Image Stabilization: No
Lens construction: 6 elements in 5 groups
Dimensions: 69.2 x 39.3mm
Weight: 159g
Filter size: 49mmv

Reasons to buy

+
Ultra shallow depth of field
+
Useful mid-range focal length
+
Also compatible with full-frame Canon DSLRs

Reasons to avoid

-
Not strictly an EF-S lens
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Heavy vignetting shot wide open

Yes, this isn’t strictly an EF-S lens designed for the APS-C EOS 90D, however, it will still work just as well and it’s such a useful lens that we couldn’t omit it from this list. Super sharp, fast focusing is powered by a quiet Stepper Motor (STM) technology meaning it’s suitable for both stills and video recording.

A minimum focusing distance of approximately 35cm makes this fifty very nifty for close-up subjects and detail shots. The fixed 50mm is a general jack-of-all-trades focal length and can shoot most things well, but the 80mm equivalent on the 90D means it’s ideal for portraits. Consider that alongside a fast f/1.8 aperture that oozes charm when shot wide open and you have a recipe for magical-looking images.

(Image credit: Tamron)
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Best telezoom for a Canon EOS 90D

Specifications

Maximum aperture: Constant f/4
Effective focal length on 90D: 112-336mm
Image Stabilization: Yes
Lens construction: 20 elements in 14 groups
Dimensions: 76 x 176.5mm
Weight: 860g
Filter size: 67mm

Reasons to buy

+
Slim, compact construction
+
Close-focusing 1:3 macro

Reasons to avoid

-
At full zoom image quality suffers 
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Strong vignetting in places

Aimed at enthusiasts this telephoto zoom is a real upgrade from the cheaper options on the market. A slim profile and lightweight mirrorless-like design pairs perfectly with the 90D’s aesthetics. Clear, sharp optics provide good image quality but it isn’t quite as good at the long 210mm end.

Shooting in difficult lighting situations is made easier with the use of in-built image stabilization that counters up to four stops of camera shake blur. Minimum focusing distance comes in at just under a meter to provide a macro reproduction ratio of 1:3 meaning close-up subjects are a real possibility. The useful zoom range helps isolate portraits and other subjects with a flatteringly shortened depth of field.

(Image credit: Canon)
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Best ultra-wide zoom lens for Canon EOS 90D

Specifications

Maximum aperture: f/4.5-5.6
Effective focal length on 90D: 16-28.8mm
Image Stabilization: Yes
Lens construction: 14 elements in 11 groups
Dimensions: 74.6 x 72mm
Weight: 240g
Filter size: 67mm

Reasons to buy

+
Ultra-wide field of view
+
Great zoom for composing shots

Reasons to avoid

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Plastic mount

Optically brilliant without breaking the bank this ultra-wide APS-C lens is a killer lens for landscapes, astrophotography, architecture, and environmental portraiture. Though ultra-wides like this tend to suffer less from camera shake blur when shooting at longer exposures so avoid image stabilization altogether, this lens bucks the trend by whacking on a whopping four stops of IS.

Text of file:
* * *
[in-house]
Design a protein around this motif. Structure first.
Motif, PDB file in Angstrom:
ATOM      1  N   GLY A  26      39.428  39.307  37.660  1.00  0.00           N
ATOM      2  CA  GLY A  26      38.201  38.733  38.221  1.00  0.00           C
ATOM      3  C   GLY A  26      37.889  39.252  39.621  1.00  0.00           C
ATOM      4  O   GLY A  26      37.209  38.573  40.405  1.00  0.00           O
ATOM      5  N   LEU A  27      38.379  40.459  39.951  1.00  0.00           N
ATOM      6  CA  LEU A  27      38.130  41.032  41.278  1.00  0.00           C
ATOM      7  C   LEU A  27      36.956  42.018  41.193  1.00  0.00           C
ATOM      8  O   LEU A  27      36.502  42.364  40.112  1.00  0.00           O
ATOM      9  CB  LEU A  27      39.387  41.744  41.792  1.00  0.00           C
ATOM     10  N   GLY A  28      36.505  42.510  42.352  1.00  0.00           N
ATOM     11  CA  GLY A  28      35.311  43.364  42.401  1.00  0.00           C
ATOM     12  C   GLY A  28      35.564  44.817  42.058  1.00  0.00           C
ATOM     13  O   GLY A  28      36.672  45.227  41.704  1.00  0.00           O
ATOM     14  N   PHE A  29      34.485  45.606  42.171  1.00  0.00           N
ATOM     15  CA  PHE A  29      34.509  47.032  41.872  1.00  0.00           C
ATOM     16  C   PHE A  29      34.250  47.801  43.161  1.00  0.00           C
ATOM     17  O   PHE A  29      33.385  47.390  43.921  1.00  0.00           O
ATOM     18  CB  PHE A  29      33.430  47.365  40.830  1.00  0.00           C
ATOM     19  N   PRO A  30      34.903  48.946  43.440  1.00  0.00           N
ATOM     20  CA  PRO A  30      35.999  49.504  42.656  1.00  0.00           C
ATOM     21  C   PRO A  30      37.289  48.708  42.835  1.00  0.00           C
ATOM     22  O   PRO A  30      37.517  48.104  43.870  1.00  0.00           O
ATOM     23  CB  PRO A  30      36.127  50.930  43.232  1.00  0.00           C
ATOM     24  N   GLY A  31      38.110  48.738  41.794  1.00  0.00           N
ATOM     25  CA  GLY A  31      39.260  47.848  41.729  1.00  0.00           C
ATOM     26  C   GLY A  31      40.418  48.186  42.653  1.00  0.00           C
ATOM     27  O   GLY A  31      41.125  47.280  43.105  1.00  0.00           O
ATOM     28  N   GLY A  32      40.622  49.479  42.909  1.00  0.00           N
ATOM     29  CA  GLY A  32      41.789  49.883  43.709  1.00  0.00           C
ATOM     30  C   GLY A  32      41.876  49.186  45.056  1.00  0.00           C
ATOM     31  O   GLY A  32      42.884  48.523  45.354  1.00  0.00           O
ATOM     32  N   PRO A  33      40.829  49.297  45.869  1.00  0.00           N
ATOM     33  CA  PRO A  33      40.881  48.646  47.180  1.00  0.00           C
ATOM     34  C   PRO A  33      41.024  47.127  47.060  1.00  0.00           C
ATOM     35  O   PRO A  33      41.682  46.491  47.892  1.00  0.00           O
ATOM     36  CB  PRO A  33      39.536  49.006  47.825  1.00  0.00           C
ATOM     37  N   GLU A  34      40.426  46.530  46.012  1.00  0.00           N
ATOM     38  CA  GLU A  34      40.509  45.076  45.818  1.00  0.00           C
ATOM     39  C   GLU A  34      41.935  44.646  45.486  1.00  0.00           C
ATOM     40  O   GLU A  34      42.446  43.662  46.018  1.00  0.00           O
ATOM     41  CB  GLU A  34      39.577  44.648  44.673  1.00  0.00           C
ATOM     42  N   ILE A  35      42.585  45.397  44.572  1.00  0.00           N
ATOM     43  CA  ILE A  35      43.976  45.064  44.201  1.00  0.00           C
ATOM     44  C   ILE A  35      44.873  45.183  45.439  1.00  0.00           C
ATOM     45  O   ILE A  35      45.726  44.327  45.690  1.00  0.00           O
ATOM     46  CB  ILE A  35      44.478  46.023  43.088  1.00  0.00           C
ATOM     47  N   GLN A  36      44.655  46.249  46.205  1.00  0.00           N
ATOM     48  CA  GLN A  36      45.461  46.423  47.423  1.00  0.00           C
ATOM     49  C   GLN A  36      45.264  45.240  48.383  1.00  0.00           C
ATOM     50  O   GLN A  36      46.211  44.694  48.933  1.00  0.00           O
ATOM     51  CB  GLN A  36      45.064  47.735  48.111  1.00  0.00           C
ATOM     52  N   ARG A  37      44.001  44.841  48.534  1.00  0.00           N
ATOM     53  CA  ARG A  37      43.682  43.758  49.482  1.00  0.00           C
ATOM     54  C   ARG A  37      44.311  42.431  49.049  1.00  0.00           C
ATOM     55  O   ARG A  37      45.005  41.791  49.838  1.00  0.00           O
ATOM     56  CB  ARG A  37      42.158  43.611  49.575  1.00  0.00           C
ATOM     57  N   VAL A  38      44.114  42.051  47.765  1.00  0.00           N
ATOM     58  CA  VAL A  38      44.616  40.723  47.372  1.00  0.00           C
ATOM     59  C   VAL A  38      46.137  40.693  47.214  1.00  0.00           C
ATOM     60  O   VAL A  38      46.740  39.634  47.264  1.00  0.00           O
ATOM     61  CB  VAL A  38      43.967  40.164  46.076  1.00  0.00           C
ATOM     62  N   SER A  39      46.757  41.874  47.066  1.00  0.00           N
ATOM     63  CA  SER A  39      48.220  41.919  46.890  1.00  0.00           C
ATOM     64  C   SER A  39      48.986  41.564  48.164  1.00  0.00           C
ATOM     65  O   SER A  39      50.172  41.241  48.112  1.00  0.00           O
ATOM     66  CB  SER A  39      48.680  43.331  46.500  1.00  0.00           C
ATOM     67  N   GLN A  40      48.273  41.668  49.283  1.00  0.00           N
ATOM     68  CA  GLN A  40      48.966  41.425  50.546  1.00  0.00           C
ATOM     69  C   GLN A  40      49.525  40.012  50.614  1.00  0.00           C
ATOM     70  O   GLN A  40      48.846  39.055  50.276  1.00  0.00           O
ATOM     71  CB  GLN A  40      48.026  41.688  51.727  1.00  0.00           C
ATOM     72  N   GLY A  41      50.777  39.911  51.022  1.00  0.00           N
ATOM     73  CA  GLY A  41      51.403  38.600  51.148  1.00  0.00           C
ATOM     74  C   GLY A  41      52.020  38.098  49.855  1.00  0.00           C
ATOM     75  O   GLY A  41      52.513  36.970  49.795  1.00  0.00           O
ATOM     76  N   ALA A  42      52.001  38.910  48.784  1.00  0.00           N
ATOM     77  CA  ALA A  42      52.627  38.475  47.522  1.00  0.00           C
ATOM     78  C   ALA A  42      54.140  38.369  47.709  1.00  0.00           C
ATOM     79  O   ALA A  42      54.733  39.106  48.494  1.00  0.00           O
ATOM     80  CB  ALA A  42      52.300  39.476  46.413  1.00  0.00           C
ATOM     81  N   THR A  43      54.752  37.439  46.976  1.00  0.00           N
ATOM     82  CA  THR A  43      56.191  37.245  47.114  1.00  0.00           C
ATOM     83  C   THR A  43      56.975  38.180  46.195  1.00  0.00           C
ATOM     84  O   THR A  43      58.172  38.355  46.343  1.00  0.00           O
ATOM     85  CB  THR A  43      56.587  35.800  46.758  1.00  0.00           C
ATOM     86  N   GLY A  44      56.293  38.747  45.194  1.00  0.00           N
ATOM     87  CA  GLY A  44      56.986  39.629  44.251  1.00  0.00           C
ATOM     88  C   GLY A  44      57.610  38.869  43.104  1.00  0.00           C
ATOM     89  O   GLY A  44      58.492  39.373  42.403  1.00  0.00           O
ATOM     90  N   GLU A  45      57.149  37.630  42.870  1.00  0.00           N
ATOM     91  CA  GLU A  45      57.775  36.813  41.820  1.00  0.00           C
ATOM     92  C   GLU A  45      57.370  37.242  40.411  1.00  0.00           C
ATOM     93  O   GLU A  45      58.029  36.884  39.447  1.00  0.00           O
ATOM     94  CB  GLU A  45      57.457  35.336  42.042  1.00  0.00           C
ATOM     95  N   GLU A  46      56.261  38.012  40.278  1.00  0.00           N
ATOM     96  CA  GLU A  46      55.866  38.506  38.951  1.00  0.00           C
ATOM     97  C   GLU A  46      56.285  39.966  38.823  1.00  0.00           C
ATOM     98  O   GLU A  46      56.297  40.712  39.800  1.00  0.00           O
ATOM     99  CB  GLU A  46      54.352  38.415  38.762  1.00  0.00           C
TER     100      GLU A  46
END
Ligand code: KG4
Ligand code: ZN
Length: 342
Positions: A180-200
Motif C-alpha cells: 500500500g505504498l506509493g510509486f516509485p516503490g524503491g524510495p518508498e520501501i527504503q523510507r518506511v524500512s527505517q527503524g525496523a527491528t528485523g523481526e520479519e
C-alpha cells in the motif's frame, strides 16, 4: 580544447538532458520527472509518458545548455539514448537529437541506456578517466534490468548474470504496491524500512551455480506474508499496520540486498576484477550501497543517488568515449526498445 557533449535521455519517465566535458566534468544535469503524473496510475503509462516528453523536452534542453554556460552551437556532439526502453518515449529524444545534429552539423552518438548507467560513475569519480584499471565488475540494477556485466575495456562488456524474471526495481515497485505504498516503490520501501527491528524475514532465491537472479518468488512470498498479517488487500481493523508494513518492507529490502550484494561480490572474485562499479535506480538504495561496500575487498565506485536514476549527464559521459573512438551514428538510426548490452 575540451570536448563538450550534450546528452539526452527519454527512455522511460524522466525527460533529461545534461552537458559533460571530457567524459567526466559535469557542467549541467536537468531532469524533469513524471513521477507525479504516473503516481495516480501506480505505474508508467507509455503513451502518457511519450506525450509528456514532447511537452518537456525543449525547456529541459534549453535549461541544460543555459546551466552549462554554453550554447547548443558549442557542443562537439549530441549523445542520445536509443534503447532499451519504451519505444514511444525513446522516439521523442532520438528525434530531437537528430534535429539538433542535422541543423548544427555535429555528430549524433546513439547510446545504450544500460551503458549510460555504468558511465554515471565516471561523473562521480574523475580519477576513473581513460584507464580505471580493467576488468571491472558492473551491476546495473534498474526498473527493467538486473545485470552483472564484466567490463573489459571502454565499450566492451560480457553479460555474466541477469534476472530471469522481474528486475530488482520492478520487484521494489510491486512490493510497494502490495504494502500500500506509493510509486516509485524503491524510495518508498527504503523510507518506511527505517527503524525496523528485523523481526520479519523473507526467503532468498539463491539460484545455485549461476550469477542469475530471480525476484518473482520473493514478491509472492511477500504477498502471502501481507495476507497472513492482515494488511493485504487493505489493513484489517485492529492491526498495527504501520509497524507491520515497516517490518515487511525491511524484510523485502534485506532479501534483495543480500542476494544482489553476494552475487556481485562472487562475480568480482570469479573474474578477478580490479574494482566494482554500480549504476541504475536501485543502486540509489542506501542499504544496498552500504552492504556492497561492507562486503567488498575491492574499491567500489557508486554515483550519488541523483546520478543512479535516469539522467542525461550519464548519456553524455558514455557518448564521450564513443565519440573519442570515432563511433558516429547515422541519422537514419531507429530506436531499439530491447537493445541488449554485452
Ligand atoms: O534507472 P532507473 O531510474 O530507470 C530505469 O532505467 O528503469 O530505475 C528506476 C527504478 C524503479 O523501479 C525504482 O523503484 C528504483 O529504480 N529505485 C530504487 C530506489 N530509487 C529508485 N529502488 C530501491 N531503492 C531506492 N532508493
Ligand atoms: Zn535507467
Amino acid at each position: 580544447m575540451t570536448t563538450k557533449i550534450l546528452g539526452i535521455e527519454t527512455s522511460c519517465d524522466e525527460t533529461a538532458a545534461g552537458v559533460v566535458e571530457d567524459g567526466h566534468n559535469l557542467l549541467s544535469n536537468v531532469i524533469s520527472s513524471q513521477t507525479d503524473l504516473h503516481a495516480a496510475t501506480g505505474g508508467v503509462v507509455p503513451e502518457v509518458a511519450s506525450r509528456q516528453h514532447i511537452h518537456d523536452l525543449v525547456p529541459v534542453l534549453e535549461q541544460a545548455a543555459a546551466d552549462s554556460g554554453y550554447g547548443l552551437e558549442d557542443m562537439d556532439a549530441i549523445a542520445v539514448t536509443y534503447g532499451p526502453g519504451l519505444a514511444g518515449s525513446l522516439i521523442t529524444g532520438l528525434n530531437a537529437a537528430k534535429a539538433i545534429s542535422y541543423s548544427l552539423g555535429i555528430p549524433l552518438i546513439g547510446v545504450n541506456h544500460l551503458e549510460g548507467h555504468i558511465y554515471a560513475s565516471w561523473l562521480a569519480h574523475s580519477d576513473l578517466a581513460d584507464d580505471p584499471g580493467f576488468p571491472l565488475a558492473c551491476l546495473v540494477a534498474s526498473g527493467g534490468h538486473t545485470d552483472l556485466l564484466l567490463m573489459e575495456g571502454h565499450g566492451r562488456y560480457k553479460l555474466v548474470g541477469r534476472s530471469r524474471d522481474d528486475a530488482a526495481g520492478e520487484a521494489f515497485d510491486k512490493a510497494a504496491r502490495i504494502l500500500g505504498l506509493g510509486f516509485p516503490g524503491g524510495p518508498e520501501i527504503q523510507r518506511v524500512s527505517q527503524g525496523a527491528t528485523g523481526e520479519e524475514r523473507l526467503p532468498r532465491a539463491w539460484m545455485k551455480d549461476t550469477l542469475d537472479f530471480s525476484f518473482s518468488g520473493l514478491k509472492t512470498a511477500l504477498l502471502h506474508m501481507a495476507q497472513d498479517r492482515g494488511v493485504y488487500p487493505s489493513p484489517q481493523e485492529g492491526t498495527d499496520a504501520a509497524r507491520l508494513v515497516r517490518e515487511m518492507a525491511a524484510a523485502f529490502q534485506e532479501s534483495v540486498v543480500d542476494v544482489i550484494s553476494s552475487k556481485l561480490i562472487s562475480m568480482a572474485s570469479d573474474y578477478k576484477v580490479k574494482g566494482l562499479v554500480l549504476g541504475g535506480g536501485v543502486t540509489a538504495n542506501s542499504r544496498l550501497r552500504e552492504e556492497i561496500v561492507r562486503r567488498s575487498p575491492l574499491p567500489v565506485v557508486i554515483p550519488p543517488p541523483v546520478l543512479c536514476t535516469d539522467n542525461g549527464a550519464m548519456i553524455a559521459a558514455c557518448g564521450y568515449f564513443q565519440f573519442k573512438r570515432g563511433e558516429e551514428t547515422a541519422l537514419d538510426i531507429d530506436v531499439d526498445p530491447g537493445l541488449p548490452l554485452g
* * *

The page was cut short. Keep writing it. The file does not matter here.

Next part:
Light in construction and with an equivalent focal length range of 16-28.8mm it’ll tuck away nicely in a camera bag. The zoom allows for quick recomposition when travelling where you can’t physically reposition yourself to get the shot. STM focusing provides quiet autofocusing, great when video recording.

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Canon’s top macro lens for full frame and APS-C DSLRs

Specifications

Mount: Canon EF
Elements/groups: 15/12
Diaphragm blades: 9
Autofocus: Ultrasonic (ring-type)
Stabilizer: Yes (hybrid)
Minimum focus distance: 0.3m
Maximum magnification: 1.0x
Filter thread: 67mm
Dimensions (WxL): 78x123mm
Weight: 625g

Reasons to buy

+
Typically strong ‘L’ series build quality
+
Hybrid optical stabilization

Reasons to avoid

-
Relatively expensive to buy
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No sharper than competing Sigma and Tamron lenses

This is a favorite choice for those who need a macro lens for extreme close-ups. Along with sturdy L-series build quality, Canon’s 100mm macro features hybrid optical stabilization. Typical upmarket attractions include ring-type ultrasonic autofocus and a three-position autofocus limiter switch, which can lock out the short or long end of the range. The lens also has weather sealing and an Ultra-low Dispersion element. Image quality remains impressive throughout the aperture range, right down to f/22, helping you to eke out a little extra depth of field. Autofocus is fast and accurate and quiet but, more importantly for most macro shooting, the manual focus ring is smooth and precise. 

How we test lenses

We test lenses using both real world sample images and lab tests. Our lab tests are carried out scientifically in controlled conditions using the Imatest testing suite, which consists of custom charts and analysis software that measures resolution in line widths/picture height, a measurement widely used in lens and camera testing. We find the combination of lab and real-word testing works best, as each reveals different qualities and characteristics.

Read more:

Canon EOS 90D vs EOS 80D vs EOS 7D Mark II (opens in new tab)

Best Canon lenses (opens in new tab)

Best 150-600mm lenses (opens in new tab)

Best 100-400mm lenses (opens in new tab)

Best macro lenses (opens in new tab)